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Articles on Writing

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Twain was an opinionated, prolific commentator on the personalities and political issues of his day. Terry Ballard/flickr

What would Mark Twain think of Donald Trump?

He probably would have been amused by – and maybe even befriended – Trump the entertainer. Trump the president? Not so much.
Emma Thompson as Elinor Dashwood in the 1995 film of Sense and Sensibility: a competent moral agent drawing only on her intelligence and experience. Columbia Pictures Corporation

Friday essay: the revolutionary vision of Jane Austen

This year is the bicentenary of Jane Austen's death and her celebrity continues to grow. But relegating Austen's work to plots about 'whether the heroine gets her man' belittles her achievement.
A termite mound in Cape Range National Park: WA’s geography has helped shape its writers. Susanna Dunkerley/AAP

From Tim Winton to Gail Jones: why writing matters in WA

With its dramatic landscape, relative isolation and vibrant counter culture, Western Australia has a thriving writing scene. But government funding cuts are biting.
The prescriptivist stranglehold on grammar isn’t just restrictive, it’s often just plain wrong. from www.shutterstock

Things you were taught at school that are wrong

Were your teachers right about when to use commas, and about not starting sentences with 'and'?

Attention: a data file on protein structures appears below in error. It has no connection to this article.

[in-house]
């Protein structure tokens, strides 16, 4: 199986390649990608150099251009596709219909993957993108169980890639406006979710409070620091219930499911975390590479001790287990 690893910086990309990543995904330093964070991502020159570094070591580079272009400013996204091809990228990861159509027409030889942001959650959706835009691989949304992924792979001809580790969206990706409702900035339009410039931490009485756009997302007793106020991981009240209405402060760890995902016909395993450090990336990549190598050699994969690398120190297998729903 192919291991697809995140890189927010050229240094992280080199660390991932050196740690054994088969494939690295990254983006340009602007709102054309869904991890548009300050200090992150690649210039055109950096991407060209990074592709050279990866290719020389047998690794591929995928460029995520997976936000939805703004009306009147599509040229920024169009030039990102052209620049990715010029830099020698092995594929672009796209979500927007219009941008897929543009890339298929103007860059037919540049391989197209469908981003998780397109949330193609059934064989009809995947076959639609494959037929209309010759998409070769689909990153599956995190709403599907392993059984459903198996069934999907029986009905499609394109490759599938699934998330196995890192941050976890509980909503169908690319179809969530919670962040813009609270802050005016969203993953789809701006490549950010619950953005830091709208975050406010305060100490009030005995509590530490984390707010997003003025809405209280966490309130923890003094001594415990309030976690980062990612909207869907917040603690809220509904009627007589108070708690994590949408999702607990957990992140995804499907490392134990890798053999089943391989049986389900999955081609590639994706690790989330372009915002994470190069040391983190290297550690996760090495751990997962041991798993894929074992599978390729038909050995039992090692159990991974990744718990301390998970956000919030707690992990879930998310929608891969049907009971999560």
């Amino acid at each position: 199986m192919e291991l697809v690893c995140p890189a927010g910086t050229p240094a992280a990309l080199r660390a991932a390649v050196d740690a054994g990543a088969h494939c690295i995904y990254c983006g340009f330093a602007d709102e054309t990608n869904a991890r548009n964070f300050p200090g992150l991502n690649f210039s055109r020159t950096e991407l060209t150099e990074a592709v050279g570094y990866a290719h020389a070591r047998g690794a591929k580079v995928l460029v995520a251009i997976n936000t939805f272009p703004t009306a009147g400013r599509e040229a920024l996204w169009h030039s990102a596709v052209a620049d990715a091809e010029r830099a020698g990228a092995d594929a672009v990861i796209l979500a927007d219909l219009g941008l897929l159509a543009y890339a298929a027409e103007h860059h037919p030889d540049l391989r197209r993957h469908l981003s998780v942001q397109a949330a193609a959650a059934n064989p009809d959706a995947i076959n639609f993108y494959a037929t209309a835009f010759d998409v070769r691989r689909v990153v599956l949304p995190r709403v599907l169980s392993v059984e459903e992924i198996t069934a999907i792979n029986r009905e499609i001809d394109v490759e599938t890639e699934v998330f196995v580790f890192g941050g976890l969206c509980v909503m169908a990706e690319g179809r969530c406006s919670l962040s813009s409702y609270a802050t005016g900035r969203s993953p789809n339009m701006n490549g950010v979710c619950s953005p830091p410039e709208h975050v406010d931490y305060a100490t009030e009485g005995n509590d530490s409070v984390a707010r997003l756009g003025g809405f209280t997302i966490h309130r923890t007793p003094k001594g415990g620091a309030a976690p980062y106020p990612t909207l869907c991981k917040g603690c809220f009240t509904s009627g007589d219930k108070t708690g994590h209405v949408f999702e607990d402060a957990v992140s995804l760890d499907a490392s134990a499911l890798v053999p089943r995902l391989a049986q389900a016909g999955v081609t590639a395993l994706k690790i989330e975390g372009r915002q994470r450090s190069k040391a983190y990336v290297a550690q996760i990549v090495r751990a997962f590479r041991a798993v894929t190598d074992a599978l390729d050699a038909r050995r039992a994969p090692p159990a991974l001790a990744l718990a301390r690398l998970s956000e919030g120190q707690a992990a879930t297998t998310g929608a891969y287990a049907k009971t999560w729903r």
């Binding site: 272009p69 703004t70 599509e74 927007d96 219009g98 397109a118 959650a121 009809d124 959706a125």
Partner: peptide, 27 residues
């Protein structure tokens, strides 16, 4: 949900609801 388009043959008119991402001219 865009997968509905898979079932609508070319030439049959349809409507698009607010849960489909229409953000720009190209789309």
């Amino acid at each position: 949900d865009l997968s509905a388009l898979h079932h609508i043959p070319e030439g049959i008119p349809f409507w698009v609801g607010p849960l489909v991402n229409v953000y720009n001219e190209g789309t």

Georgia Blain: Her work draws attention to the tiny incandescent moments that make up our lives. Scribe Publications

Goodbye Georgia Blain: a brave and true chronicler of life

The Australian writer Georgia Blain, who died last week, wrote extraordinary portraits of family relationships, in luminous prose, with devastating insight. And when she became ill, she wrote about her cancer.
A wax model of Ernest Hemingway at Madame Tussauds in New York. Anton_Ivanov/Shutterstock.com

Friday essay: why literary celebrity is a double-edged sword

Bob Dylan is now a literary celebrity. And next week, the Booker Prize judges will anoint another. The tag is still chiefly attached to men but women authors shouldn't despair: fame and good writing can be uneasy bedfellows.
When did past simple tense become passé, I ask myself. Tekke/Flickr

Getting tense (about tense in fiction)

Writers, over the last decade, have been waxing lyrical about the rise of the present tense in English fiction. But this morning I read something entirely new – for me, at least. I read a manuscript written…
A portrait of Indian poet and musician Rabindranath Tagore. Cherishsantosh/Wikimedia Commons

No, Bob Dylan isn’t the first lyricist to win the Nobel

In 1913, an Indian literary giant named Rabindranath Tagore was the first non-white person to win the literature prize. He wrote over 2,000 songs and, like Dylan's, they still resonate today.
Lionel Shriver in 2014: her keynote address at the Brisbane Writers Festival on cultural appropriation has unleashed a torrent of opinion. Dean Lewins/AAP

Lionel Shriver and the responsibilities of fiction writers

Lionel Shriver's controversial speech about cultural appropriation has made headlines around the world. But the debate need not be a binary one – novelists might approach characters from other cultures as 'thoughtful tourists'.
The Starship Enterprise, the famed setting of the original ‘Star Trek’ series, was almost lost to the graveyard of failed pilots. alanoodle.com

How ‘Star Trek’ almost failed to launch

With a pilot that was deemed too complex and cerebral, 'Star Trek' looked dead in the water. Fifty years later, we look back at the show's rocky beginnings.

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